I have quite a simple problem yet I can already guess the solution is going to be pretty complicated. I'm using QGIS and was wondering if there is a simple way for the computer to automatically assign height attributes to contours. The .kml file does not include height data and I don't have a .DEM file, but my source does have a .pdf to give a general idea of the contour layout. You can find it here: http://www.carpworld.co.za/index.php/dam-contours/boskop-dam. Say I set the height of the outside(highest) contour and the most inner(deepest) contour of the lake as well as the contour interval, I can see the plausibility. This is how the lake and the Attribute Table looks: enter image description here enter image description here

The features displayed in Attribute Table are points and the contour lines are not joined yet (One contour is not displayed as as one feature) they are still segmented lines and not polylines, so this is something to keep in mind.

So to summarize: I need a simple quick way to join the contours and assign height values to them in a somewhat automated process.

  • 1
    Do you still have the DEM? Where are the height values supposed to come from? It's usually not save to assume that height always decreases or increases
    – underdark
    Feb 26, 2019 at 19:01
  • 1
    The first method that came to my head is about getting DEM as raster or TIN as vector and then transporting elevations to your vector layer.
    – Taras
    Feb 26, 2019 at 19:02
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    This is an unusual request, because ready-made elevation contours generally come with elevation data included. In most cases it would be simpler to create contours for yourself than to re-assign elevation data to existing contours. Creating contours (with elevation data) from a DEM raster is a basic GIS task, and DEM rasters for most areas are available for free.
    – csk
    Feb 26, 2019 at 19:10
  • @csk All of you are asking and telling me the ideal would be to have a DEM, but actually that is my end goal: to have the DEM and create a 3D Mesh in Blender, but sadly I don't. What I do have is a PDF that gives a general idea of the contour layout. I'll put the link to my source in the question as I should probably have done to start with.
    – Janrich
    Feb 28, 2019 at 11:59
  • I wanted to make sure you're not doing things the hard way if you didn't have to. Thank you for editing your post to clarify that there's no DEM, which means that the usual/easy solution is not possible. Now the community can move on to try to find a creative solution to this unusual problem.
    – csk
    Feb 28, 2019 at 17:02

1 Answer 1


Note: As was discussed in the comments, this is an unusual situation. Usually you would either have depth measurements as points, or a DEM raster. Starting with depth measurements as points, you would interpolate them into a DEM, then use the DEM to generate contours.

In this case, the only data available is contours without depth measurements, and a pdf map with depth labels. For anyone who finds themselves in this situation, I strongly recommend searching for better data. Use the method below only after you've exhausted the possibility of finding proper data.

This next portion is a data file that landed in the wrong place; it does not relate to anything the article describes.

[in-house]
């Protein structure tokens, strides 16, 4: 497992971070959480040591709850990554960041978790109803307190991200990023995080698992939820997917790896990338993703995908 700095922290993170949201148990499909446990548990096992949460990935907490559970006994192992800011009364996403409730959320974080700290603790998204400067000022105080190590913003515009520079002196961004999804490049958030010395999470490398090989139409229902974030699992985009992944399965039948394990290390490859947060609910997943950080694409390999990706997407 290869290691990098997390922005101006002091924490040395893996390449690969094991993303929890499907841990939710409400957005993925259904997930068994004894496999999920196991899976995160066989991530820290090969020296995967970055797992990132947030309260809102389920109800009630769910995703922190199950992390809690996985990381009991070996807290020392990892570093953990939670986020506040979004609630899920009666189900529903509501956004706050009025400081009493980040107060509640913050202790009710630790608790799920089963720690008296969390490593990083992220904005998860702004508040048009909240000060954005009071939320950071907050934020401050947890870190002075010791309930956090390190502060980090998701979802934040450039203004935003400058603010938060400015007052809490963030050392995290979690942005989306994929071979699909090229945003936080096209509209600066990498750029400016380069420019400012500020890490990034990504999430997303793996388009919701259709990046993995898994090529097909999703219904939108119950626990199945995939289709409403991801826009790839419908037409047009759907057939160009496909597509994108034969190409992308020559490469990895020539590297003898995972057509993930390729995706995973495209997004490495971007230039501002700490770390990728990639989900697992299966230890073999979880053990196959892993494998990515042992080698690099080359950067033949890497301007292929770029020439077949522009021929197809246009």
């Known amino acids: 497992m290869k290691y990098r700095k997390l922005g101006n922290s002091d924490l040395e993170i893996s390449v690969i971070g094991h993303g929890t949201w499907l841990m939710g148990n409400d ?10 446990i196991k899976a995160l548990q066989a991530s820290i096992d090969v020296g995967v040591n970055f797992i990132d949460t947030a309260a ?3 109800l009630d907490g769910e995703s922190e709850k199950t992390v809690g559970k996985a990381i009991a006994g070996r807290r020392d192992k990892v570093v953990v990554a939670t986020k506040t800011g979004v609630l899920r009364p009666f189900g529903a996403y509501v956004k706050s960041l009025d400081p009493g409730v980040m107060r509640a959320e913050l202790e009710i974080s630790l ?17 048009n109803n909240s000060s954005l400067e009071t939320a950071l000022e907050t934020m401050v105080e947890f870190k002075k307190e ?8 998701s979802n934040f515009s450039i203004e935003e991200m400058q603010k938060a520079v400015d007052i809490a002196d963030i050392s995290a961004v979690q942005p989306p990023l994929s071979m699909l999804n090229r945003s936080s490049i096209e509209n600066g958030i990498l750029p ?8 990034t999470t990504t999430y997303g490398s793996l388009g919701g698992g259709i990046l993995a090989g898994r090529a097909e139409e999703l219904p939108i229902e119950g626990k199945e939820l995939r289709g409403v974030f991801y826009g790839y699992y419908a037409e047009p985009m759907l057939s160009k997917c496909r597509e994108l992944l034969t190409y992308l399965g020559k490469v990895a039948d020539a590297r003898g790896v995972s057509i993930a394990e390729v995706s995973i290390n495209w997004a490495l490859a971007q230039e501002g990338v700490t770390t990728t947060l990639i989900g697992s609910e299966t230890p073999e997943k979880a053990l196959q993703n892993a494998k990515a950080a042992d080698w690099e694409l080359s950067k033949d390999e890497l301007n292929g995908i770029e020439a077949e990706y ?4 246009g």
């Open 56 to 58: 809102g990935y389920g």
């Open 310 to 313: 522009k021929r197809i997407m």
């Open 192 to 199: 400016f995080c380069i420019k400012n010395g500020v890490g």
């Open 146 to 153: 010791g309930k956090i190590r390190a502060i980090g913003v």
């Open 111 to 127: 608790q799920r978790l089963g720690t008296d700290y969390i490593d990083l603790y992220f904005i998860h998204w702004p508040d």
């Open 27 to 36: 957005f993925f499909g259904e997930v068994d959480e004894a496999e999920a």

Here's a semi-automated method to apply known depth values to contours that came without depth values.

  1. Create a new line layer. It can be a temporary scratch layer. Draw a line that crosses from the outside (shoreline) contour to the deepest contour. (The direction of the line matters.) Choose a location where the cross line will increase in depth from start to finish, IE not crossing any areas where the lake get shallower.

    enter image description here

  2. Use the Line Intersection tool to get the points where the cross line crosses the contours.

    enter image description here

  3. Assign depth values to the intersection points with a calculation like:

    (-1 * (@row_number -1)) * conversionfactor

    The conversion factor is the spacing between the contours. To figure this out, count how many contour intervals there are from the shoreline to the deepest point (without crossing any rings). Divide this number by the depth of the lake. EG, my lake is 4m deep, and there are 4 intervals, so the contours are 1m apart, and my conversion factor is 1. (-1 * (@row_number -1)) * 1

    enter image description here

  4. Use the Join Attributes by Location tool to copy the depth values from the points to the contours. enter image description here

    Note: Joining by location failed to join any of the features. This might be a bug, but apparently the intersection points don't actually intersect with the contours (they should, but they don't). As a workaround, I used the NNJoin plugin to do a nearest-neighbor join.

    enter image description here

This creates a new layer of contours with depth values:

enter image description here

Note: If your contours are discontinuous, you'll need to repeat the process a few times until all the contours have depth values. Manually label contours in areas of shallow water surrounded by deeper water.


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